Provocative science fiction presents a huge challenge to commercial cinema in that the conceptual abstractions which are often at the center of the story are a bafflement to filmmakers, who must reconfigure what are often obtuse descriptions expressed in internal monologues instead of temporal manifestations which might be easily reproduced through art direction and special effects. Metaphysical constructs are hardly the food of physical production values, and Hollywood wisdom asserts that any SF story worth its weight in fifteen year old ticket buyers is easily transmutable into a shoot-em-up western in outer space.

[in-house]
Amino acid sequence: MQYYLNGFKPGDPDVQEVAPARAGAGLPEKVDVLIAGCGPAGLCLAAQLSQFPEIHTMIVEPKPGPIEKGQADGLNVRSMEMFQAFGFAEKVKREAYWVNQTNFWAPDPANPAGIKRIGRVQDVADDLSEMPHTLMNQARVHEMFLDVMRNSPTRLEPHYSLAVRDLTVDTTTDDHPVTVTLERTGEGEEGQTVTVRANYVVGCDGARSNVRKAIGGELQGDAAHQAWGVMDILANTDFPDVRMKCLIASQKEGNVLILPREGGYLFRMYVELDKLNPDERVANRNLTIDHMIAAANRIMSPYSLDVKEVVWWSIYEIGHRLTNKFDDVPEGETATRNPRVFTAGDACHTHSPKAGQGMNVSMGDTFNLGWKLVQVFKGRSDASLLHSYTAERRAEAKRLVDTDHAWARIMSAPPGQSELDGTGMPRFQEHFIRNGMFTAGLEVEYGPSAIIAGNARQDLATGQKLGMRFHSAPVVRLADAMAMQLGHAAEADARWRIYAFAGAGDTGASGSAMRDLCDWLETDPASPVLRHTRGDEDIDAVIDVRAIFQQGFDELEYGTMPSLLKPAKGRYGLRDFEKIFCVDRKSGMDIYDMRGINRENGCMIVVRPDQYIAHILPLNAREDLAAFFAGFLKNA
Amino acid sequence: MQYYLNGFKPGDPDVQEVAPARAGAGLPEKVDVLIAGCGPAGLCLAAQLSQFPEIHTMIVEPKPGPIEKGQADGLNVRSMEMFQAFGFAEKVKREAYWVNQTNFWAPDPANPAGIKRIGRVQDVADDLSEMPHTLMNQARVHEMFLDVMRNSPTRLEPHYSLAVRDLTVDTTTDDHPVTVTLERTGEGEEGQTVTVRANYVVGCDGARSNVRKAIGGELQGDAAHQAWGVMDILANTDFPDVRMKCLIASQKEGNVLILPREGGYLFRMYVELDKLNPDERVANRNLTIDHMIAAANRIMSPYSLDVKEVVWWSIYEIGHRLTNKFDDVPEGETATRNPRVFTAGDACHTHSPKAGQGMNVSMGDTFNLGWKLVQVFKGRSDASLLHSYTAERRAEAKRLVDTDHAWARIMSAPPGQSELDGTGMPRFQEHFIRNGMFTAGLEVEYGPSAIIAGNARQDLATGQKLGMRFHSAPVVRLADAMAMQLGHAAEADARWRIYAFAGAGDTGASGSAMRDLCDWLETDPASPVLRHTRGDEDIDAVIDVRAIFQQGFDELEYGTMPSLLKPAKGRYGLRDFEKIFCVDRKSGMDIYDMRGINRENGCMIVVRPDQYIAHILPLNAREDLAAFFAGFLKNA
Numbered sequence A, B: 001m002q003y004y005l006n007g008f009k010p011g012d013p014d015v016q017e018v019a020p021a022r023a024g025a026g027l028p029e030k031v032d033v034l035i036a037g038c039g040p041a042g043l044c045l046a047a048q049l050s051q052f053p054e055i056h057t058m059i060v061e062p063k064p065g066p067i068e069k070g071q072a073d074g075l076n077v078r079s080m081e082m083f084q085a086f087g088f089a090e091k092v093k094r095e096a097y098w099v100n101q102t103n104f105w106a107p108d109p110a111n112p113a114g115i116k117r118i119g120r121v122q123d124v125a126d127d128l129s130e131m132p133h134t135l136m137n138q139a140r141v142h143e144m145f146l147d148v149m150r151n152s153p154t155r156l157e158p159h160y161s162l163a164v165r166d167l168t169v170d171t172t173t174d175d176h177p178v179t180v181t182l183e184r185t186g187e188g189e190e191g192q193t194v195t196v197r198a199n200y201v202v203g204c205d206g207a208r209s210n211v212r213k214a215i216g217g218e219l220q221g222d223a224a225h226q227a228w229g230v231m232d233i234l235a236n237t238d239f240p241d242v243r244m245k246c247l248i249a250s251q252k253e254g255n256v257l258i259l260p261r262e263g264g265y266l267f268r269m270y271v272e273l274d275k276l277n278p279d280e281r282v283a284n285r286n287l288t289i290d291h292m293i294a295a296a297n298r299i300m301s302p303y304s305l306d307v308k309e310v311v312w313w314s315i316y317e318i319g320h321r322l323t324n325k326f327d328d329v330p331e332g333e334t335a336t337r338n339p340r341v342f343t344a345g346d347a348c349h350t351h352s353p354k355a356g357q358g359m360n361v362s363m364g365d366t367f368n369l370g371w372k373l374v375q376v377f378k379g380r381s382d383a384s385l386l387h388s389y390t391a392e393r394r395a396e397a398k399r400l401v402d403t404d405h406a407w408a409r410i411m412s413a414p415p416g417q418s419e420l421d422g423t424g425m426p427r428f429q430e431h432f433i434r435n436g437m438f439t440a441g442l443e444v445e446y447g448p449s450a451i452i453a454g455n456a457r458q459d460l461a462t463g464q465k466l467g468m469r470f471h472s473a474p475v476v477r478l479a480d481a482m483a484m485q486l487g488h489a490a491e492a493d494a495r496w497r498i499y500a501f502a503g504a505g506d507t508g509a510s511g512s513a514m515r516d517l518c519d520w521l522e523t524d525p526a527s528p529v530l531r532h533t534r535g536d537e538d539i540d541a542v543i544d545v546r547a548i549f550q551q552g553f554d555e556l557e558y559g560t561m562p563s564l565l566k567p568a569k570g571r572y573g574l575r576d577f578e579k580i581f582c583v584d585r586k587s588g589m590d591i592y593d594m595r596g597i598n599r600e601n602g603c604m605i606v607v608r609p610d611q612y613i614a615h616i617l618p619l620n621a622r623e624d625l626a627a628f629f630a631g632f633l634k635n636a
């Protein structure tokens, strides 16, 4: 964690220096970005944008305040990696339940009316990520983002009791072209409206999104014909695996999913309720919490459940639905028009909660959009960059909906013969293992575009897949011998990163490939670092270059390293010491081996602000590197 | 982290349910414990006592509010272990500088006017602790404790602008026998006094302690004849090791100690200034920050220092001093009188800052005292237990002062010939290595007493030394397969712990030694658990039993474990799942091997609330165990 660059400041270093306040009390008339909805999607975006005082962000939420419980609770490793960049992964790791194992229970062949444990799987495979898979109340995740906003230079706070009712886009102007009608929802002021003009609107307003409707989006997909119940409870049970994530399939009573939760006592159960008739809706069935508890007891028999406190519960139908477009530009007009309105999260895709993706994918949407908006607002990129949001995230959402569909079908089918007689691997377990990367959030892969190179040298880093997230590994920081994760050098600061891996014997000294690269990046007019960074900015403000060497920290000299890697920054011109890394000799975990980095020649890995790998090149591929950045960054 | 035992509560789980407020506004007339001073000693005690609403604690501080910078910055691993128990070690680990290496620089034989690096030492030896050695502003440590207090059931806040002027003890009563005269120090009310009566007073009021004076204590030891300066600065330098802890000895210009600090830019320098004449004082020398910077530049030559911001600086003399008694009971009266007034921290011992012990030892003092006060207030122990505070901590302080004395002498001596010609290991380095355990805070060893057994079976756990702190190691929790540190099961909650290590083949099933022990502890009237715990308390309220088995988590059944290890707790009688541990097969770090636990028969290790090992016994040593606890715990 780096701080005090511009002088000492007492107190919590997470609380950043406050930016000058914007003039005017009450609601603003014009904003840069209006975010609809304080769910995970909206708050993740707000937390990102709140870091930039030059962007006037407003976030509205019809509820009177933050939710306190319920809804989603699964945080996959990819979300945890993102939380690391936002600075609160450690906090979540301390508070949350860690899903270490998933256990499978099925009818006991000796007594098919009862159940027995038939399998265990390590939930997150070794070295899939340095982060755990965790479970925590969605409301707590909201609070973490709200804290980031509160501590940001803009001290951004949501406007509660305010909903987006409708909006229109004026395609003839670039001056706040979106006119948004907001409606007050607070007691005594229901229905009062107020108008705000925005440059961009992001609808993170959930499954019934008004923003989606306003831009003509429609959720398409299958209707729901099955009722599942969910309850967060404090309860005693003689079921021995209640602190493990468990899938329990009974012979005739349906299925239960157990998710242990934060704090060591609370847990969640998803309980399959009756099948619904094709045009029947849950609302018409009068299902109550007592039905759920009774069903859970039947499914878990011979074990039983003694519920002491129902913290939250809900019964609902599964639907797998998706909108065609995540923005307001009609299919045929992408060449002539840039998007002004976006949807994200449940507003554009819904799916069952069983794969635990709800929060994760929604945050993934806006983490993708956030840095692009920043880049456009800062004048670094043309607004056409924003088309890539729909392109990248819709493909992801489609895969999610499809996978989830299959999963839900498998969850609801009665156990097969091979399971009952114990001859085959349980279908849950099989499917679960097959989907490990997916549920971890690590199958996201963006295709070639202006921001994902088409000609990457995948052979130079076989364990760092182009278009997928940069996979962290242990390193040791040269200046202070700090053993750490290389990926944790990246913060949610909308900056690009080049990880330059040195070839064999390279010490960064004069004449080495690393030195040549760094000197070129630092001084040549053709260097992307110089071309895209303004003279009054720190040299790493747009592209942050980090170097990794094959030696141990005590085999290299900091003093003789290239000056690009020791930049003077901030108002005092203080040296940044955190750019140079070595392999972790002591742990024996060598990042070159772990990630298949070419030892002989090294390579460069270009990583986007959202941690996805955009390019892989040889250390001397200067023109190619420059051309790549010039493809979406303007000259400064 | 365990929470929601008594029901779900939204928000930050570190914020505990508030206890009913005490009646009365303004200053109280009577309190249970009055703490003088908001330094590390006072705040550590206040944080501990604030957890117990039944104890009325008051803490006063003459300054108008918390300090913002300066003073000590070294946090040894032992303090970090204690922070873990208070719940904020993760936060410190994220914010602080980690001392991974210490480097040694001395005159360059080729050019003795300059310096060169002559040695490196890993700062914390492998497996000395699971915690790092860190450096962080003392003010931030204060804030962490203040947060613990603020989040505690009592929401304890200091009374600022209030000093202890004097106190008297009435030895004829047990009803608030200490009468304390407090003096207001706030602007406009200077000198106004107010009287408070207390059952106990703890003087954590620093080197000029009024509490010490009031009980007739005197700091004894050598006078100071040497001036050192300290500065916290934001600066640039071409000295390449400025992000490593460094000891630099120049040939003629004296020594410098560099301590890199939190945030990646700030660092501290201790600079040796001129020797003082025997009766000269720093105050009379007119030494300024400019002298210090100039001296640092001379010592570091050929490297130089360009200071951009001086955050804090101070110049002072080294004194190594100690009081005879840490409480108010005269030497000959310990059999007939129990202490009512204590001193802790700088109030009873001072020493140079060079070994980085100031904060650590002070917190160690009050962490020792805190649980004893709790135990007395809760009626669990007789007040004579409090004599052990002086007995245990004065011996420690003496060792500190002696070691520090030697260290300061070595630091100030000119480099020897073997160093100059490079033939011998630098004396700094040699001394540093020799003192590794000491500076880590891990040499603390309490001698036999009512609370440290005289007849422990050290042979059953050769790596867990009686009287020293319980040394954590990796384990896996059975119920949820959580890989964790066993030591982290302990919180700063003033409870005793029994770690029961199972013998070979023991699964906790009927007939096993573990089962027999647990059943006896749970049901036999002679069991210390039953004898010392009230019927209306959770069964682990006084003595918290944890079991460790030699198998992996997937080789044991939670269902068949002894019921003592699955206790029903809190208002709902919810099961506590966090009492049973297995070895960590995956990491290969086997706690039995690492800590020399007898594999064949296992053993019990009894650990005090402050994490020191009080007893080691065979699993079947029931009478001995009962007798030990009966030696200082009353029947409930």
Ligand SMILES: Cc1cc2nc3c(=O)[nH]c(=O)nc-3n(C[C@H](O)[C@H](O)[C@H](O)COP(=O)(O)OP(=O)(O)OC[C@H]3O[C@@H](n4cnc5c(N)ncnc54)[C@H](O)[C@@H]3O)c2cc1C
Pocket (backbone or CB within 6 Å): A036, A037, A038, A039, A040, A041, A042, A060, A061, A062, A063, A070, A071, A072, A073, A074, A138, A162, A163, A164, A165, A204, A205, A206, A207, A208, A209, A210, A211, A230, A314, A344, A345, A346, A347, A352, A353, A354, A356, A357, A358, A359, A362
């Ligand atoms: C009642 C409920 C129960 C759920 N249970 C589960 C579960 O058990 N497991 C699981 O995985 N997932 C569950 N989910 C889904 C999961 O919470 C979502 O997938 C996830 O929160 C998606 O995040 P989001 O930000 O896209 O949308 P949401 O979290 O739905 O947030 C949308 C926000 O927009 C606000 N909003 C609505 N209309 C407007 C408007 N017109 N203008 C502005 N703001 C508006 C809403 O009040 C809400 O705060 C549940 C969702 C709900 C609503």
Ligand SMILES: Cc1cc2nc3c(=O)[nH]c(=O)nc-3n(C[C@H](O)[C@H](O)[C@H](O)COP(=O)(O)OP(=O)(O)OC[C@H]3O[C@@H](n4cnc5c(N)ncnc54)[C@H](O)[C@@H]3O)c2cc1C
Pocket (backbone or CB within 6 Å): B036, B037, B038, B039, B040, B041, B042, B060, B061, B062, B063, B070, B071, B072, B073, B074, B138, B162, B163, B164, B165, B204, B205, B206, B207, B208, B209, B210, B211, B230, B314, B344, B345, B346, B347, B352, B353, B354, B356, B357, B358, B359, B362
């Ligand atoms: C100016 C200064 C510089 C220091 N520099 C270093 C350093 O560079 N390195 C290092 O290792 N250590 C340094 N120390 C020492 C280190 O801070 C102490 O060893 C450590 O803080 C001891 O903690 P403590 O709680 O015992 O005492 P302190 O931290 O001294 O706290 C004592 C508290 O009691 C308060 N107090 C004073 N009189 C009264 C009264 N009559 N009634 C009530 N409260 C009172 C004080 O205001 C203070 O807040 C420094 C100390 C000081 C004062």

Imagine then the horror that must have befallen the producers of Tobe Hooper’s “Lifeforce”, when it turns out their purchased property, Colin Wilson’s novel “The Space Vampires” did not concede to the Grand Guignol teasings of its misleadingly trashy title and rather than an action packed roller coaster ride, was in actuality a rather pedantic exploration into to the origins of newly discovered extraterrestrial forms who may or may not have prefigured in, if not the very origins of Man, then certainly may have had a transmogrifying effect of the species. Hollywood’s typical employment of chimerical renderings usually limits alien life to be represented by either humanoids in prosthetic applications or by tentacled, slime dripping monsters (a concept which completely undermines the physical design of their spaceships) rather than as completely abstruse to our terrestrial conceptions, nor as any but subject to our rules of corporeal evolution (The only major films to meet the challenge of this conundrum were “Forbidden Planet” which hinted at the uncommon physiognomy of the Krell but wisely left their actual appearance to the imagination, and “2001: A Space Odyssey” which outside of a geometrical representation (assuming mathematics as the universal constant), remained an ethereal abstraction; heavily suggesting a non-corporeal existence, though whether mortal or deity was left to the same imagination. The generically entitled film “Lifeforce”shares the humanoid manifestations of the novel, though discards the incorporeal origins of the celestial travelers in exchange for simplistic bat-like creatures whose cosmic compatriots preside over an irrational, chaotic hybrid of SF and horror, which accounts for an abundance of illogical expository dialogue, empty action sequences, desperately busy special effects, gratuitous, curvaceous nudity and hysterical overacting, but not a whit of narrative coherence.
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